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December 1971

Cerebrospinal Fluid Proteins and Serum Immunoglobulins: Occurrence in Multiple Sclerosis and Other Neurological Diseases: Comparative Measurement of υ-Globulin and the IgG Class

Author Affiliations

Marshfield. Wis
From the Marshfield Clinic and Marshfield Clinic Foundation for Medical Research and Education, Inc., Marshfield, Wis.

Arch Neurol. 1971;25(6):526-534. doi:10.1001/archneur.1971.00490060060006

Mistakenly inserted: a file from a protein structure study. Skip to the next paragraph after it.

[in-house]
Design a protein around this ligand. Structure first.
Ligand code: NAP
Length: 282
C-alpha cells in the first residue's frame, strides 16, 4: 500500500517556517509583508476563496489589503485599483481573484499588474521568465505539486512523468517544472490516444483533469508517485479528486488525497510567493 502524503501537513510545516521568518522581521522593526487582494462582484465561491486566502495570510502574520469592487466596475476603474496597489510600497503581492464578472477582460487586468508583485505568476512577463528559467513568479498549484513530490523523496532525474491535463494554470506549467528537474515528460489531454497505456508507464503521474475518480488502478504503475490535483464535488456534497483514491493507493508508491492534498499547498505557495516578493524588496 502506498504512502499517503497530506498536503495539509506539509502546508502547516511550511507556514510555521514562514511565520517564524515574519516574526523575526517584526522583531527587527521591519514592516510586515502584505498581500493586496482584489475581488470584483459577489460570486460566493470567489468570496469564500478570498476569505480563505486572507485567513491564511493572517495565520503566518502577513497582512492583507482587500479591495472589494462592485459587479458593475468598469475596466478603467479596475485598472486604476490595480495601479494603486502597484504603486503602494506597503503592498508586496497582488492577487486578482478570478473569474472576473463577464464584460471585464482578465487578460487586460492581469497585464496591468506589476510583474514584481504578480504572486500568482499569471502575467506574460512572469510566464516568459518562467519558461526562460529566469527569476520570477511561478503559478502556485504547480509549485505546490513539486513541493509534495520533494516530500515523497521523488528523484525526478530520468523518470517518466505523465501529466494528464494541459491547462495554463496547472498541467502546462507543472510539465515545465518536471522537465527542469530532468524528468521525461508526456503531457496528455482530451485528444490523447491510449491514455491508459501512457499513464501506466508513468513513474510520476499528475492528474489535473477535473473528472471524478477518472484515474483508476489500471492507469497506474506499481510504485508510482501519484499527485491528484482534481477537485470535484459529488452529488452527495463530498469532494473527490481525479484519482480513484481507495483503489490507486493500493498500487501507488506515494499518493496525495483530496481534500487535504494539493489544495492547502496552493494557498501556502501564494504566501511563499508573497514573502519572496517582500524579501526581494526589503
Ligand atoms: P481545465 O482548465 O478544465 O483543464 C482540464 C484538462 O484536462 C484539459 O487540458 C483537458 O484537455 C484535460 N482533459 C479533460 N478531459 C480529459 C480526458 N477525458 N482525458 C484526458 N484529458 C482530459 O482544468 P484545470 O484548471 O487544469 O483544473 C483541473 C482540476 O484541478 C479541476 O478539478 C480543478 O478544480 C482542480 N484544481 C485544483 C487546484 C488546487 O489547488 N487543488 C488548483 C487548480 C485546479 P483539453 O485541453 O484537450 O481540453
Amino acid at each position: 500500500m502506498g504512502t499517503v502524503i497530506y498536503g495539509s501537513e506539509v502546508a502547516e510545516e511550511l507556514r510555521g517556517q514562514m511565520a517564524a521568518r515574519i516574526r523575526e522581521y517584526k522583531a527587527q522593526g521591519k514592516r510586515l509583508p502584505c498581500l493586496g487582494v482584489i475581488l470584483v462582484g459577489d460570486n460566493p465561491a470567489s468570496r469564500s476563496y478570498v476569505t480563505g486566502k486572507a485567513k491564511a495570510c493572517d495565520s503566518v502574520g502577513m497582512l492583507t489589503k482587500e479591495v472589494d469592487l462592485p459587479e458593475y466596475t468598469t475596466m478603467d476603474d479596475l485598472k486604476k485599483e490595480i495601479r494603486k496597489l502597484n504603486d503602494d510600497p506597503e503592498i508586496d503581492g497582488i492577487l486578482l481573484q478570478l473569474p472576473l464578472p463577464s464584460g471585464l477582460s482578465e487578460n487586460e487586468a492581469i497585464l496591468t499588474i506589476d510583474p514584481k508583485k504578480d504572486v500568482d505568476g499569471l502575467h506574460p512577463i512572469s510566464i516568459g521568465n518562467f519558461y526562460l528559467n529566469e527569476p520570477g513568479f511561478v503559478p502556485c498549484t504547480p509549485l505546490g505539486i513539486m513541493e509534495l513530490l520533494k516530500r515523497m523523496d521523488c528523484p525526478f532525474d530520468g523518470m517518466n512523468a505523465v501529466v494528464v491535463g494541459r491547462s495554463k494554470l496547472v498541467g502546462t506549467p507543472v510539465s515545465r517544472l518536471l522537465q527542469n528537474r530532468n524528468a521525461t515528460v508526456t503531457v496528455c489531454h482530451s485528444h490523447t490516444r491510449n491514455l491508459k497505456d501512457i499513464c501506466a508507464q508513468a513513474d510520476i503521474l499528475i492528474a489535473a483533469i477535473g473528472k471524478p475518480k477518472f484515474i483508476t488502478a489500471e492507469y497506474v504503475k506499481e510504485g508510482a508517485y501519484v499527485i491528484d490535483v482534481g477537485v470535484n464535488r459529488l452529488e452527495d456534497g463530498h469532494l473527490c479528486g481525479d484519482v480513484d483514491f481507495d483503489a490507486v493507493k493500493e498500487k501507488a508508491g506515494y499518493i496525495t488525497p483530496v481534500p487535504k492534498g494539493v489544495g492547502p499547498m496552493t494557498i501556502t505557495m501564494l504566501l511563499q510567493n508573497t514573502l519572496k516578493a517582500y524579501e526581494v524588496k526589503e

A survey of cerebrospinal fluid (CSF) proteins in 334 patients with various neurological disorders was made to judge their relative merit in aiding in the diagnosis of multiple sclerosis (MS). A comparison of direct measurement of CSF IgG by electroimmunodiffusion with estimation of the gamma electrophoretic fraction on concentrated CSF revealed that elevations of the latter correlated better with the diagnosis of MS. That is, the gamma fraction exceeded 14% of the total CSF protein in 94% of MS patients and in only 7.7% of all others. In contrast the IgG fraction exceeded 14% of the total protein in 75% of MS patients and in 23% of all others. Serum immunoglobulins measured at the same time did not differ significantly from one diagnostic category to another.

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